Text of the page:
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Gold futures soar, book weekly gain after poor jobs report

Gold futures finished sharply higher Friday after a weaker-than-expected jobs report heightened expectations that the Federal Reserve would keep interest rates lower for longer.

The Labor Department’s report showed that companies scaled back hiring in April, adding just 160,000 new jobs, compared with a forecast of economists polled by MarketWatch of 203,000 jobs in nonfarm payrolls. Unemployment remained steady at 5%.

June gold GCM6, +1.37% already bouncing up ahead of the closely watched report, soared $10 higher, gaining $21.70, or 1.7%, to end at $1,294 an ounce. The turn higher helped the yellow metal log a modest weekly gain of 0.3%.

Providing runway for gold to rise on the day was a modestly weaker dollar as measured by the ICE U.S. Dollar Index DXY, +0.07% a gauge of the greenback’s strength against a basket of six rival currencies. The dollar index was relatively flat, but up 0.7% for the week.

Weakness in the labour picture is bullish for gold prices and may help to affirm the Fed’s go-slow approach to normalizing benchmark interest rates, which have remained ultralow. Reluctance to raise rates would be a drag on the buck and deliver a boost to dollar-denominated assets, like gold.

“This precious metal is bullish on the daily timeframe and the diminishing expectations that U.S. rates may be increased in 2016 may have provided an opportunity for bulls to install a round of buying momentum…,” said Lukman Otunuga, research analyst at FXTM in a Friday morning research note.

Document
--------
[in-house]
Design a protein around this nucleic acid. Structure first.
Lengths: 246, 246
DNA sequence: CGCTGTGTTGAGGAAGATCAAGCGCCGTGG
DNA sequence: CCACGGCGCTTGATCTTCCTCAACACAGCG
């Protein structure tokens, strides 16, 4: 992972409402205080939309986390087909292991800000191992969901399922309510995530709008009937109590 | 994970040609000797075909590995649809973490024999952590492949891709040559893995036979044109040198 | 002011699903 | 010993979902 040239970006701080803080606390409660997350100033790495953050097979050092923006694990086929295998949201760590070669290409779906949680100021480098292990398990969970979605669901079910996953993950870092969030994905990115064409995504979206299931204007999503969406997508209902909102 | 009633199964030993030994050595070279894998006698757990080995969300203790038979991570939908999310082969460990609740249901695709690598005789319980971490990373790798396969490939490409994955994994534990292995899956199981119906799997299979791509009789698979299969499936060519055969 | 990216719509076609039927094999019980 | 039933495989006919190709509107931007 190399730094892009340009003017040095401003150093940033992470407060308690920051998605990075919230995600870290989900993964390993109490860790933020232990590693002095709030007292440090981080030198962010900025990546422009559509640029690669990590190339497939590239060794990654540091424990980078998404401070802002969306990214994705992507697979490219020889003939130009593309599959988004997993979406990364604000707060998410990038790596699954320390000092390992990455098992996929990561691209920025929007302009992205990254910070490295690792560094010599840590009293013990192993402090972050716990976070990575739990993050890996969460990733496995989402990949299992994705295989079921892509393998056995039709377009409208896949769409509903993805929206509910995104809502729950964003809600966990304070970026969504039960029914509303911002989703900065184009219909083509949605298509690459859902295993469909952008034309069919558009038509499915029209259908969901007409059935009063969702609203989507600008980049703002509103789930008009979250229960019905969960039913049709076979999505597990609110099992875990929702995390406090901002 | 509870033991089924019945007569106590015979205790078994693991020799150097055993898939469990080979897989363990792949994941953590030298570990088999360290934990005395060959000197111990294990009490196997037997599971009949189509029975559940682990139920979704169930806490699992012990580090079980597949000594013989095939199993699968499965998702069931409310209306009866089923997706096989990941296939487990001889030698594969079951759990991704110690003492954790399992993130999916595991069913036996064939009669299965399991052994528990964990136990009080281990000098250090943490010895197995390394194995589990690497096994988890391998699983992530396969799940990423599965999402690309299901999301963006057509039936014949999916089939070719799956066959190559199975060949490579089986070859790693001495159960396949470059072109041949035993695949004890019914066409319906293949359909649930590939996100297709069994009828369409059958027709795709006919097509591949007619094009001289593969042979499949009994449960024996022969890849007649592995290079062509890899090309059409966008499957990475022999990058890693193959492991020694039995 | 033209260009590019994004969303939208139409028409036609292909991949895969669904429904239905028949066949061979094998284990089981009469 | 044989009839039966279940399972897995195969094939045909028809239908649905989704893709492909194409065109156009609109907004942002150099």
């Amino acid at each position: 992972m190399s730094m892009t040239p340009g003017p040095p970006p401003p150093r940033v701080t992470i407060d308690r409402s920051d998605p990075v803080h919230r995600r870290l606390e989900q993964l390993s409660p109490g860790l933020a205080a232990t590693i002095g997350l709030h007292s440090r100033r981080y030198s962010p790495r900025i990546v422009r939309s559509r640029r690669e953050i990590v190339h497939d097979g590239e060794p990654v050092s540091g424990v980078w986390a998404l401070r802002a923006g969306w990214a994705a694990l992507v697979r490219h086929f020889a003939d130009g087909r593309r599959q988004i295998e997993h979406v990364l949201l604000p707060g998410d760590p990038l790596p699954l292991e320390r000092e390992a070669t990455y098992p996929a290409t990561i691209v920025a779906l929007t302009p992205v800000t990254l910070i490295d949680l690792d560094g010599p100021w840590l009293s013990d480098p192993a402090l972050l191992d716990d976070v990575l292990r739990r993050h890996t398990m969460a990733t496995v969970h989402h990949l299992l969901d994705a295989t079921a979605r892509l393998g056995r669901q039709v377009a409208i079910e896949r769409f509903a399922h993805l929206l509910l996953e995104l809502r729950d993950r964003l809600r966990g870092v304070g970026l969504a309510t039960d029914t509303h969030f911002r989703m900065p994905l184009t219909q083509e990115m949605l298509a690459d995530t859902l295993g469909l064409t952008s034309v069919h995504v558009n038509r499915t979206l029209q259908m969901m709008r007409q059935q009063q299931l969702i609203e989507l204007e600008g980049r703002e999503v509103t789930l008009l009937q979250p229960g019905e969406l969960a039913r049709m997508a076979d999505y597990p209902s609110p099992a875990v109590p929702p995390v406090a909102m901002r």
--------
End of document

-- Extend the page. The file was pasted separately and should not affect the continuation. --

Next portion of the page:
An earlier reading of private-sector employment on Wednesday sowed seeds of doubt that labour market reports would continue to be a source of strength in the economy.

Private-sector employment gains slowed markedly in April, according to a report released by Automatic Data Processing on Wednesday. Employers added 156,000 jobs in April, the ADP report showed—the weakest estimate since February 2014.

On Thursday, a report of jobless claims indicated that the number of Americans collecting unemployment benefits is at a nearly 16-year low.

But worries about weak corporate quarterly results and tepid readings of productivity have bolstered the case that the U.S. economy is slowing.

“Now that the slipping global economy is bearing testimony to the sweeping tide of deflation and the U.S. dollar is likely to weaken further from now on, we expect $1,300 [an ounce] to be attacked again and this time more successfully,” said Julian Phillips, founder of and contributor to

Meanwhile, July silver SIN6, +1.03%  also drew bidders, rising 20 cents, or 1.2%, to settle at $17.527 ounce. Silver has lost 1.6% on the week.

In metals stocks, the exchange-traded SPDR Gold Trust GLD, +0.91%  was up 0.9% higher in premarket trade while its silver counterpart, the iShares Silver Trust SLV, +0.73% was up a modest 0.7%.

Elsewhere in the metals complex, high-grade copper HGN6, -0.09%  for July delivery ended unchanged at $2.1540 a pound, July platinum PLN6, +1.77% picked up $21.30, or 2%, to close at $1,085.10 an ounce, while June palladium PAM6, +1.29% advanced $6.50, or 1.1%, to settle at $607.20 an ounce.